Food growers, producers, buyers connect through Berkshire Grown
Photo Gallery l Berkshire Grown networking event
PITTSFIELD -- They came directly from farms, stores and production facilities, despite the light snowfall, eager to meet, mingle, and in some cases, share their products.
Some 55 local food growers, buyers and producers in the Berkshire region made their way to Baba Louie's restaurant on Depot Street on Monday for the annual Berkshire Grown networking event.
"It's an opportunity for people to meet people they already know, do business with people they're thinking of doing business with, or meet people they haven't met yet," said Berkshire Grown Executive Director Barbara Zheutlin.
The farm-to-table food movement has expanded over the last few years, and locally those efforts have been led by Berkshire Grown, the Great Barrington-based organization that supports and promotes local agriculture.
Evolved from a similar group that began in 1985, Berkshire Grown currently has 250 professional members, and some 600 community members, according to Zheutlin, who has been executive director since 2007.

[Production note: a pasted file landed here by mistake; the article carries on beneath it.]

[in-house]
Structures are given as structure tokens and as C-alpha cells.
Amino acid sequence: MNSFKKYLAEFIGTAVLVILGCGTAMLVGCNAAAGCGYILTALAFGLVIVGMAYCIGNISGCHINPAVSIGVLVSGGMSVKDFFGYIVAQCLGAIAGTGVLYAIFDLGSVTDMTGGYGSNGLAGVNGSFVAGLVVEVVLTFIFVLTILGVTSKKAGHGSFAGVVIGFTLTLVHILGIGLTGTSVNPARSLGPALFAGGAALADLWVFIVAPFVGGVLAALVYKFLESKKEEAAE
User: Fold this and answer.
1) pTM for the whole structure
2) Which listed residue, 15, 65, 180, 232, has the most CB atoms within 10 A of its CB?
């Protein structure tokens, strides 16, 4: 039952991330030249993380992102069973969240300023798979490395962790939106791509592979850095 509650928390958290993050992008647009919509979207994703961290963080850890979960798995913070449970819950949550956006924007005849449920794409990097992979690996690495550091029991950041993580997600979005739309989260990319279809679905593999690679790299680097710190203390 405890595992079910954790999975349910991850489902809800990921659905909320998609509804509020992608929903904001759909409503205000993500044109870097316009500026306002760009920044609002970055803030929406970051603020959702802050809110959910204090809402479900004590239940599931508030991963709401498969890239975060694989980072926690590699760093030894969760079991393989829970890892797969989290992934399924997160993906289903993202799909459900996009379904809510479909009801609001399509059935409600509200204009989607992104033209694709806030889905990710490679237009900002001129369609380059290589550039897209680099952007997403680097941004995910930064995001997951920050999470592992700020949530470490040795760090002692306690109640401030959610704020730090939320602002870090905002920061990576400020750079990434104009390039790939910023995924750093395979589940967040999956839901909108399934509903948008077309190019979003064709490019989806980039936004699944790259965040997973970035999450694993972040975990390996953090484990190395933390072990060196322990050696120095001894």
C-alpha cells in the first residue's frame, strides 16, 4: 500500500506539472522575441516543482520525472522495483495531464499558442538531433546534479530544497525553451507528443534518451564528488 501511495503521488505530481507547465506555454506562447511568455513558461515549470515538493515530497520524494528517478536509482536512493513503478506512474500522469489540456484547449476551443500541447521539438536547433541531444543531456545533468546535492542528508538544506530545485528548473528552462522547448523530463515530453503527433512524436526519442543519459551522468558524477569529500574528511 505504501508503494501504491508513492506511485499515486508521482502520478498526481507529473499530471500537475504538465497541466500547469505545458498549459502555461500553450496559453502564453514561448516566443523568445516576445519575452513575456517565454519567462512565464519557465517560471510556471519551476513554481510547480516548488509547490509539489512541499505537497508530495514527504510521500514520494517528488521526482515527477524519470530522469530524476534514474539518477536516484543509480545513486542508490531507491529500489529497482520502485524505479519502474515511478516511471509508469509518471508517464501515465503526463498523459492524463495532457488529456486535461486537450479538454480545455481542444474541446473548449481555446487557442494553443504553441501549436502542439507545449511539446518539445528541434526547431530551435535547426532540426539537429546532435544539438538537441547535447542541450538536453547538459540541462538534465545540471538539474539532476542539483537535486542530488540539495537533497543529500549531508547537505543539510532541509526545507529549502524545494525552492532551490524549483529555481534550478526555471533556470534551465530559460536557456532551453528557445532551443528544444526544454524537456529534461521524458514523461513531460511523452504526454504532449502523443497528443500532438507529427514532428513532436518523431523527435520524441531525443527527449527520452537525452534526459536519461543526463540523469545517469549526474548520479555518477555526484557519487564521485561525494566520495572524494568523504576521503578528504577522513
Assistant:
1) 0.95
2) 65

"We are riding a wave of interest about where our food comes from," she said.
Many food growers brought samples of their products to the gathering for others to try. Suzi Conecky of Cricket Creek Farm in Williamstown brought a raw milk feta cheese her farm recently developed.
"It's really important for farmers to put a face to those people who sell and advocate for food in this region," said Conecky, adding that the business of growing food is often impersonal because farmers often don't interact with others involved in agriculture.
"Face time is an important aspect of it," she said.
One man leaned over a small plate of a camembert-style cheese that Conecky calls "Berkshire Bloom" and asked if he could try it.
"Please," Conecky said. "It needs to be sampled."
Jim Cervone, the owner of Ayelada of Pittsfield, which sells locally crafted frozen yogurt, was attending Berkshire Grown's networking event for the first time. He opened his store on East Street last April.
"We're always looking for local sauces or flavors, or toppings," Cervone said. "Someone might direct you to a product, or even an idea."
Abe Hunriches and Maddie Elling of Hosta Hill brought their home-grown sauerkraut for visitors to try. They grow their food in New Lebanon, N.Y., but put their products together at a facility in West Stockbridge.
"I wouldn't say we need them," Elling said, referring to networking events. "But they're helpful. It's great to meet people who are involved."
The buyers of local food feel the same way.
"The main point here is networking," said Matt Masiero of Guido's Fresh Marketplace. "If I can make two or three connections for local products, I'm ahead of the game."
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